The Square these days is part of the group of restaurants run by Marlon Abela, who also owns Umu, The Greenhouse and Morton’s in Berkeley Square. The dining room these days is dominated by a central statue of a female form that looks to me rather worryingly like a ghostly figure from a Japanese horror film, but is doubtless at the cutting edge of interior design. In charge of the kitchen is Clement Leroy, who worked for ten years at Guy Savoy. His wife Aya Tamura is the pastry chef. There was a tasting menu at £110 as well as a full a la carte selection, with four courses at £95. There was also a cheap lunch menu at £37.50. I have written previously about the wine list here, which is extensive and has some very good growers, especially in Burgundy. It is priced quite aggressively in places, though is not the worst in Mayfair by any means.
In the place of canapés was a trolley with charcuterie, which is an interesting idea. There was rabbit rillette, salmon, fennel and pork sausage and pate en croute made with guinea fowl. This was all very pleasant (15/20), though for example the pate en croute did not compare well to a place that specialises in it, for example the superb version at La Rotonde near Lyon.
Sourdough bread was bought in from the Abela bakery, and was fine. An Orkney scallop was served raw with a citrus dressing and with wild berries and nettles. A dish this simple relies heavily on the quality of the scallop, and while this was certainly good (14/20), it didn’t have the natural sweetness of a really top-notch specimen.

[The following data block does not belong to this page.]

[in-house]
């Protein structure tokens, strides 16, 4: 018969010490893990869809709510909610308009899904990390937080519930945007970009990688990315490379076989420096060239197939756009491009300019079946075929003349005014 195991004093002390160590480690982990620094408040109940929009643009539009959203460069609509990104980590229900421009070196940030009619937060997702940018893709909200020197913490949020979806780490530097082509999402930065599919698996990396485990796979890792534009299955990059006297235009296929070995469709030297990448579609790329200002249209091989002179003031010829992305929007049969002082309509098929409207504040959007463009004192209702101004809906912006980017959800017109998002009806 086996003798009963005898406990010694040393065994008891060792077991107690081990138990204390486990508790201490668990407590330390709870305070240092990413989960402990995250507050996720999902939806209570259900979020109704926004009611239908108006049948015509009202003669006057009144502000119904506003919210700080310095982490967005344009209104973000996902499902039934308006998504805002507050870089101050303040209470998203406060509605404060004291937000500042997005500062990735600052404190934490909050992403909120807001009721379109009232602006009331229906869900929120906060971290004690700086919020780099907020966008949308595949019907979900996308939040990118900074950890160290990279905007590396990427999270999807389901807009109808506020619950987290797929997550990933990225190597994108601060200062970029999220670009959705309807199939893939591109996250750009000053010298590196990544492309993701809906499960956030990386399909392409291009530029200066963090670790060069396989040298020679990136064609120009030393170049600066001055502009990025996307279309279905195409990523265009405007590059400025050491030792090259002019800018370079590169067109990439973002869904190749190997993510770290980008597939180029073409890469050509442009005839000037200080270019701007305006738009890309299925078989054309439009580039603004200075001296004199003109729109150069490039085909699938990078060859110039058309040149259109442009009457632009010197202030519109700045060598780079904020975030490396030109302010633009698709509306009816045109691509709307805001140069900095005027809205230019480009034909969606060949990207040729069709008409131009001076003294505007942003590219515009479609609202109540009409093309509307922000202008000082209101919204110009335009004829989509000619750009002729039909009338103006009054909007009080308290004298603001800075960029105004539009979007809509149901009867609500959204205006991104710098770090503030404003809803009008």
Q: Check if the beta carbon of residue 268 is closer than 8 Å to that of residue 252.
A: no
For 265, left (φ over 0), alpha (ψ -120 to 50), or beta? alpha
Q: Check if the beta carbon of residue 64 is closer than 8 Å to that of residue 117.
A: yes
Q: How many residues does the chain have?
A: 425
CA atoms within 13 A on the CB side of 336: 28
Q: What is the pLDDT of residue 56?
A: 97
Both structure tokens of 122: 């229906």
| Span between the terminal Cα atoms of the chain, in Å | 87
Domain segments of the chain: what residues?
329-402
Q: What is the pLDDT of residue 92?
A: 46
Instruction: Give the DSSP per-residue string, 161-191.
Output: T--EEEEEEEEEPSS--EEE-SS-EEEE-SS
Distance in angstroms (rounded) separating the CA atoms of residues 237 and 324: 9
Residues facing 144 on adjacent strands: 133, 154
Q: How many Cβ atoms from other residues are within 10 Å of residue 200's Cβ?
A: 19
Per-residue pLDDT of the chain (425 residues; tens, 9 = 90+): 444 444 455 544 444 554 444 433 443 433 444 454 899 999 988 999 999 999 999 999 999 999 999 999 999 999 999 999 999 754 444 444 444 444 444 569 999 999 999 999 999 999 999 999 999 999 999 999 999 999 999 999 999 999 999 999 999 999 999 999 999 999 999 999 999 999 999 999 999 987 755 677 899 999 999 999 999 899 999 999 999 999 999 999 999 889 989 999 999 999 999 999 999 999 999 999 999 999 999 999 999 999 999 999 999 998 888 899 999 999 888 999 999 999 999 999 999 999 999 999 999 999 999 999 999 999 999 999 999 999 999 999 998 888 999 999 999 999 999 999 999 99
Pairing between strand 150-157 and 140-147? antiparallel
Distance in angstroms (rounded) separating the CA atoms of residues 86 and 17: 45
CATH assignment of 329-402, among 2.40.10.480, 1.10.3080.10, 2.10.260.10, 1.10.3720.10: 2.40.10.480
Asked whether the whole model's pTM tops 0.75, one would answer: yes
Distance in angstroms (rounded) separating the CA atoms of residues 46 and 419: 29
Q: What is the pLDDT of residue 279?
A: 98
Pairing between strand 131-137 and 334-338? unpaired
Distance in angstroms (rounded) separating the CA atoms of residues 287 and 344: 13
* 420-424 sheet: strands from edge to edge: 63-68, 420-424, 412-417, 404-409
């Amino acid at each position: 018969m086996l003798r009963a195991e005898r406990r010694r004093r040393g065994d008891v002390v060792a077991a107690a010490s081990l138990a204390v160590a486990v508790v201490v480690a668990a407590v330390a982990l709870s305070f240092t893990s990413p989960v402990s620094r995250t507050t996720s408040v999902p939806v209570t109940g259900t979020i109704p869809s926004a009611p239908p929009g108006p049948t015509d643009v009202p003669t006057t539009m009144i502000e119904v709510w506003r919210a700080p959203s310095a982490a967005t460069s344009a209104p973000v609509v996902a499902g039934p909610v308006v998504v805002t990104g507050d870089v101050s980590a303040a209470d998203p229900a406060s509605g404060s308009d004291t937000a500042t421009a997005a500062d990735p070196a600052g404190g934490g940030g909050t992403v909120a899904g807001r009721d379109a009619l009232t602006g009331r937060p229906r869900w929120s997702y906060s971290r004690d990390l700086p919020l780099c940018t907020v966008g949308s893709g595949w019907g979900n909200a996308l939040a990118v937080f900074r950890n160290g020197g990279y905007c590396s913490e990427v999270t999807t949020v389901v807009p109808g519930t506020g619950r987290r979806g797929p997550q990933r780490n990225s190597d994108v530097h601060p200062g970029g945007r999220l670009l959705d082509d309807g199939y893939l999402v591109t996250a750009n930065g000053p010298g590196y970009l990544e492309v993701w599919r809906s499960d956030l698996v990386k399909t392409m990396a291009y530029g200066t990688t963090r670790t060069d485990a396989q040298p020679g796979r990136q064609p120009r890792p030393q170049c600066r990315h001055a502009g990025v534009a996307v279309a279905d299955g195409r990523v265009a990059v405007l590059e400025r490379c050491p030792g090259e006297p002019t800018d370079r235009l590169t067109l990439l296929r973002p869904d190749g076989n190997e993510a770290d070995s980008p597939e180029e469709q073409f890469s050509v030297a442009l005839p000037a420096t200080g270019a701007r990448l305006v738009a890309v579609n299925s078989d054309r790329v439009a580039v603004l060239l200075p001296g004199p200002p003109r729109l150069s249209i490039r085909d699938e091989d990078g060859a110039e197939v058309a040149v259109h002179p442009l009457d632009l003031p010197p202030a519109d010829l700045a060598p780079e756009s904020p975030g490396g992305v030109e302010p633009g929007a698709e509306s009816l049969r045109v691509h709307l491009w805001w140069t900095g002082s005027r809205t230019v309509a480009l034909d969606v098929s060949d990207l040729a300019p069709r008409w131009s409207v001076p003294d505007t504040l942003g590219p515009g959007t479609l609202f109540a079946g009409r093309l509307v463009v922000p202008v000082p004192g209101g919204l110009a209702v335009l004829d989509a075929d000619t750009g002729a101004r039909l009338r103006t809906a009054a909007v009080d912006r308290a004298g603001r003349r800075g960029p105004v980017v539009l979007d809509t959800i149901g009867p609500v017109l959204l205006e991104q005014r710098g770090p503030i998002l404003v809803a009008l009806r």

Better was monkfish, cooked on the bone and served with a mildly spiced sauce. Monkfish is a fine fish but can get overcooked if you as much as look it at harshly, but here the cooking was spot on. The flesh was lovely and the fish had good flavour, enhanced nicely by the accompanying sauce (easily 17/20).
The cheese board had a mix of English and French cheeses, including Ticklemore and Mrs Montgomery Cheddar. These were in good condition but I was rather surprised that the staff had no idea which particular Stilton was being served. A cherry tart at the end of the meal was enjoyable (16/20). Coffee was a choice of capsules from either Nespresso or three of the higher quality (but pricier) ones from The Difference coffee.
The service was very good, though at this quiet Tuesday lunch they were not exactly stretched dealing with just two tables including ours. The bill came to £215 per person including a nice bottle of red Burgundy and some other drinks, plus coffee. If you shared a modest bottle of wine and ordered a la carte then a typical cost per person might come to around £140 a head. The standard of the food here was, on average, about the same as my previous visit here, though the monkfish at least was excellent. Given Clement Leroy’s background I imagine that there is potential for the food here to be better than this, but in that case greater consistency is also required, whether or not he happens to be in the kitchen at a given service. On this occasion I would agree with Michelin’s current one star assessment.